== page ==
The president of Essentia Health’s East Market in Duluth, Jon Pryor, admitted in an interview with ABC, “You can’t do surgery … without people keeping the OR’s [operating rooms)] working … and keeping it clean and nutrition people giving sustenance and so forth.”
As of June 1, St. Louis County, the sixth most populated in Minnesot,a which includes Duluth and its suburbs, had 118 confirmed COVID-19 cases and 14 deaths.
On May 22, the Minneapolis/St. Paul Business Journal reported that Essentia would save $50 million annually with the job destruction, and cited figures from the Minneapolis Star Tribune indicating that Minnesota hospitals had lost more than $3 billion in elective surgery revenue since the pandemic’s onset. The hundreds of millions provided by the federal CARES Act to 2,000 Minnesota hospitals and providers failed to come close to covering the torrent of losses experienced with the COVID-19 catastrophe. State residents continue to be reluctant to come to clinics and hospitals for acute and elective care for fear of being infected.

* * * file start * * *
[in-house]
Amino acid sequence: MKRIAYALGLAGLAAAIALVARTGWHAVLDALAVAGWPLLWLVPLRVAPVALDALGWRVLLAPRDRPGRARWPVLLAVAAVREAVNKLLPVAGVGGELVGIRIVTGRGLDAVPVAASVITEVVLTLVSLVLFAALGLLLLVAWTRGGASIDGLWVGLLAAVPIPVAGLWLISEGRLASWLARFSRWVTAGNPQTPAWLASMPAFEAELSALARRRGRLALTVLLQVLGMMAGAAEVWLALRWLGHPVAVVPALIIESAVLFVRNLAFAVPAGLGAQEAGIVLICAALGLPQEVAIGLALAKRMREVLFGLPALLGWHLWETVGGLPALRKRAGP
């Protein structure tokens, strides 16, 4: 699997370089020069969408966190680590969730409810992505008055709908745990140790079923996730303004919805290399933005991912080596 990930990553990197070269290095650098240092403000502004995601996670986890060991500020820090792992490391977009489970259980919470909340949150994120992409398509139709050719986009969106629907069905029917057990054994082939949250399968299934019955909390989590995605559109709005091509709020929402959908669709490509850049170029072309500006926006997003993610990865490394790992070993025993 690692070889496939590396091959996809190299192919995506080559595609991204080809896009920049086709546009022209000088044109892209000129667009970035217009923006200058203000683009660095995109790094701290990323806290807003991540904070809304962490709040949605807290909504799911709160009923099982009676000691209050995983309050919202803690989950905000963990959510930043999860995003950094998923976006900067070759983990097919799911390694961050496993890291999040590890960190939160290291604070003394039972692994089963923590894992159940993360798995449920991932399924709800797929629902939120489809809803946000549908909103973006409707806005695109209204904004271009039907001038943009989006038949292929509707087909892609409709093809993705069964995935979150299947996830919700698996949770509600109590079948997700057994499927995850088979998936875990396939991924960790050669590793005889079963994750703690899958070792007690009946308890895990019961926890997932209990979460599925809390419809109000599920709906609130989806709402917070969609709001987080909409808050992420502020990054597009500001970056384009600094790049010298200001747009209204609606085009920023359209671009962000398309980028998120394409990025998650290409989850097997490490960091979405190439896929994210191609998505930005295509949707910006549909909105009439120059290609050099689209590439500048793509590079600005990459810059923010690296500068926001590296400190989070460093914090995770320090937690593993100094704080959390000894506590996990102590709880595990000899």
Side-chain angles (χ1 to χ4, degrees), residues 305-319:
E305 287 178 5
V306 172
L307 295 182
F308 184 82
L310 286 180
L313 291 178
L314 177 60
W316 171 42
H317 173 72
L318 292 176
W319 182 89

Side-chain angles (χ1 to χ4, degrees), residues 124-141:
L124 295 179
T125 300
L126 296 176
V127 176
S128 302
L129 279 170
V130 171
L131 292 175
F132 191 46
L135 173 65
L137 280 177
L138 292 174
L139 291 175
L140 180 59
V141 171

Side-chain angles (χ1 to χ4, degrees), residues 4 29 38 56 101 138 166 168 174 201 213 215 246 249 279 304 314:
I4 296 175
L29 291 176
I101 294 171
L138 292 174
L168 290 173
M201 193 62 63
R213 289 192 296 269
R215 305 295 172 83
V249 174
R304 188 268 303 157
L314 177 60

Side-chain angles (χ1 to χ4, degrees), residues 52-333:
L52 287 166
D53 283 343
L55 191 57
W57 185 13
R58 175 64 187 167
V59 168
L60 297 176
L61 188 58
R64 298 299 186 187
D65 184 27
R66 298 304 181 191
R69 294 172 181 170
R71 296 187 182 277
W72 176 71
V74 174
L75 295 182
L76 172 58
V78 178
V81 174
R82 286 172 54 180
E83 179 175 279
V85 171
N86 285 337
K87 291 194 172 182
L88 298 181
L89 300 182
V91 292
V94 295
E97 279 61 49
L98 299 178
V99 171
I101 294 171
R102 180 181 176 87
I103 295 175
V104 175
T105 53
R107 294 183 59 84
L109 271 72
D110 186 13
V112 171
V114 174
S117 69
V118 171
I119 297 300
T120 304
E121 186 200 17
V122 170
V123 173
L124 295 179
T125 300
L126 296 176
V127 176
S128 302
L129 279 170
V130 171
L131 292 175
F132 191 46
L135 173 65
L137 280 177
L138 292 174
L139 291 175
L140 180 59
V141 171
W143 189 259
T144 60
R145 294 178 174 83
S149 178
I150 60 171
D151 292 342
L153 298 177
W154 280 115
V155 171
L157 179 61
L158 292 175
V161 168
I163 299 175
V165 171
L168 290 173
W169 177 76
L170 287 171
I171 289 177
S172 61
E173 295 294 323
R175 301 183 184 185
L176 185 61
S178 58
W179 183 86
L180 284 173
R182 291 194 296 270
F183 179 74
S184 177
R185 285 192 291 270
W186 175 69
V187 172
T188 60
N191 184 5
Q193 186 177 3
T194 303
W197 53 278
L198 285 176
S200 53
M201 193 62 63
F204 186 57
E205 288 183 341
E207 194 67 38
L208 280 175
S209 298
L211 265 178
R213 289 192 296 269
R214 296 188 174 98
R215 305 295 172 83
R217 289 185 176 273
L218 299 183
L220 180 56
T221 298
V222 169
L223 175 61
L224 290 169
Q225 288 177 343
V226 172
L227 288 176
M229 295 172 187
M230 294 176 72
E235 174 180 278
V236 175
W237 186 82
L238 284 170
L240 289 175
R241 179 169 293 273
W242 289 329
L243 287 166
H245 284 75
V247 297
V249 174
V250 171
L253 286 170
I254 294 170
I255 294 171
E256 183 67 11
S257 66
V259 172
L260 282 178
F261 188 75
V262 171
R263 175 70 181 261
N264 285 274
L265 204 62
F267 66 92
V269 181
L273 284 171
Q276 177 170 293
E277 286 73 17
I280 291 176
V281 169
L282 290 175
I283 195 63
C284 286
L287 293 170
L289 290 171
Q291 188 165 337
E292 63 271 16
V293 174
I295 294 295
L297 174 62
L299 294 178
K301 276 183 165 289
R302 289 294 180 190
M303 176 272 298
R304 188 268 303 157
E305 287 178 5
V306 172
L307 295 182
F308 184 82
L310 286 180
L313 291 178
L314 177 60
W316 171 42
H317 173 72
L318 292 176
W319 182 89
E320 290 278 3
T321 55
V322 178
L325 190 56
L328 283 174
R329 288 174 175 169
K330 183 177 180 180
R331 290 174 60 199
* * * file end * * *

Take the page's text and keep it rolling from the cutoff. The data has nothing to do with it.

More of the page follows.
Health care employment constituted 27 percent of jobs in St. Louis County in 2019, according to the Minnesota Department of Employment and Economic Development, with employment in retail, hotels and resorts, and the food service industry comprising 22 percent of the workforce. Since March 15, over 24 percent of the county’s workforce have filed for unemployment, which as of late May totaled 24,966, according to Deed Data.